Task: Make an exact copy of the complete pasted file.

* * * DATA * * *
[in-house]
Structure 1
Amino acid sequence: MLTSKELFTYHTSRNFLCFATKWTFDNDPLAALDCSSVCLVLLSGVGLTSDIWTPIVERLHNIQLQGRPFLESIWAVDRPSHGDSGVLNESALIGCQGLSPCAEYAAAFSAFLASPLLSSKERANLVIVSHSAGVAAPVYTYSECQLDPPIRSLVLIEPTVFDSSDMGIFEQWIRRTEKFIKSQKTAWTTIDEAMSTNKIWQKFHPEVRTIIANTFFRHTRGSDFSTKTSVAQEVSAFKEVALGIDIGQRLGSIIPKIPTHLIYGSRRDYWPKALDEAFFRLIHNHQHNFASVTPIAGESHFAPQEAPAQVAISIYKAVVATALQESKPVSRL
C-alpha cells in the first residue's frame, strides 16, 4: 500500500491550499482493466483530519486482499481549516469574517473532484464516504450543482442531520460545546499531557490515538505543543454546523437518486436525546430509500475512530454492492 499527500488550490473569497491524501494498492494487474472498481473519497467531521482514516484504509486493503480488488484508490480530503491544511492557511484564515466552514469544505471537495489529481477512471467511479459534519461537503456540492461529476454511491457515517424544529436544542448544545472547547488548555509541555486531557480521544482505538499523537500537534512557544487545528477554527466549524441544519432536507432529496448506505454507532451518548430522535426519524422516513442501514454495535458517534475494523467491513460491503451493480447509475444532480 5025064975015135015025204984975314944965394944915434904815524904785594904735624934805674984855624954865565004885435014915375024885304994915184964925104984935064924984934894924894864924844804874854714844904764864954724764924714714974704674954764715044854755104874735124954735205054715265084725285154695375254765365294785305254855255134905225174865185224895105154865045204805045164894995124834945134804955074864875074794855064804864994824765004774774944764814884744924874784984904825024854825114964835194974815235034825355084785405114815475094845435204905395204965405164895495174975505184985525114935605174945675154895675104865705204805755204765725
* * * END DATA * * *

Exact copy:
[in-house]
Structure 1
Amino acid sequence: MLTSKELFTYHTSRNFLCFATKWTFDNDPLAALDCSSVCLVLLSGVGLTSDIWTPIVERLHNIQLQGRPFLESIWAVDRPSHGDSGVLNESALIGCQGLSPCAEYAAAFSAFLASPLLSSKERANLVIVSHSAGVAAPVYTYSECQLDPPIRSLVLIEPTVFDSSDMGIFEQWIRRTEKFIKSQKTAWTTIDEAMSTNKIWQKFHPEVRTIIANTFFRHTRGSDFSTKTSVAQEVSAFKEVALGIDIGQRLGSIIPKIPTHLIYGSRRDYWPKALDEAFFRLIHNHQHNFASVTPIAGESHFAPQEAPAQVAISIYKAVVATALQESKPVSRL
C-alpha cells in the first residue's frame, strides 16, 4: 500500500491550499482493466483530519486482499481549516469574517473532484464516504450543482442531520460545546499531557490515538505543543454546523437518486436525546430509500475512530454492492 499527500488550490473569497491524501494498492494487474472498481473519497467531521482514516484504509486493503480488488484508490480530503491544511492557511484564515466552514469544505471537495489529481477512471467511479459534519461537503456540492461529476454511491457515517424544529436544542448544545472547547488548555509541555486531557480521544482505538499523537500537534512557544487545528477554527466549524441544519432536507432529496448506505454507532451518548430522535426519524422516513442501514454495535458517534475494523467491513460491503451493480447509475444532480 5025064975015135015025204984975314944965394944915434904815524904785594904735624934805674984855624954865565004885435014915375024885304994915184964925104984935064924984934894924894864924844804874854714844904764864954724764924714714974704674954764715044854755104874735124954735205054715265084725285154695375254765365294785305254855255134905225174865185224895105154865045204805045164894995124834945134804955074864875074794855064804864994824765004774774944764814884744924874784984904825024854825114964835194974815235034825355084785405114815475094845435204905395204965405164895495174975505184985525114935605174945675154895675104865705204805755204765725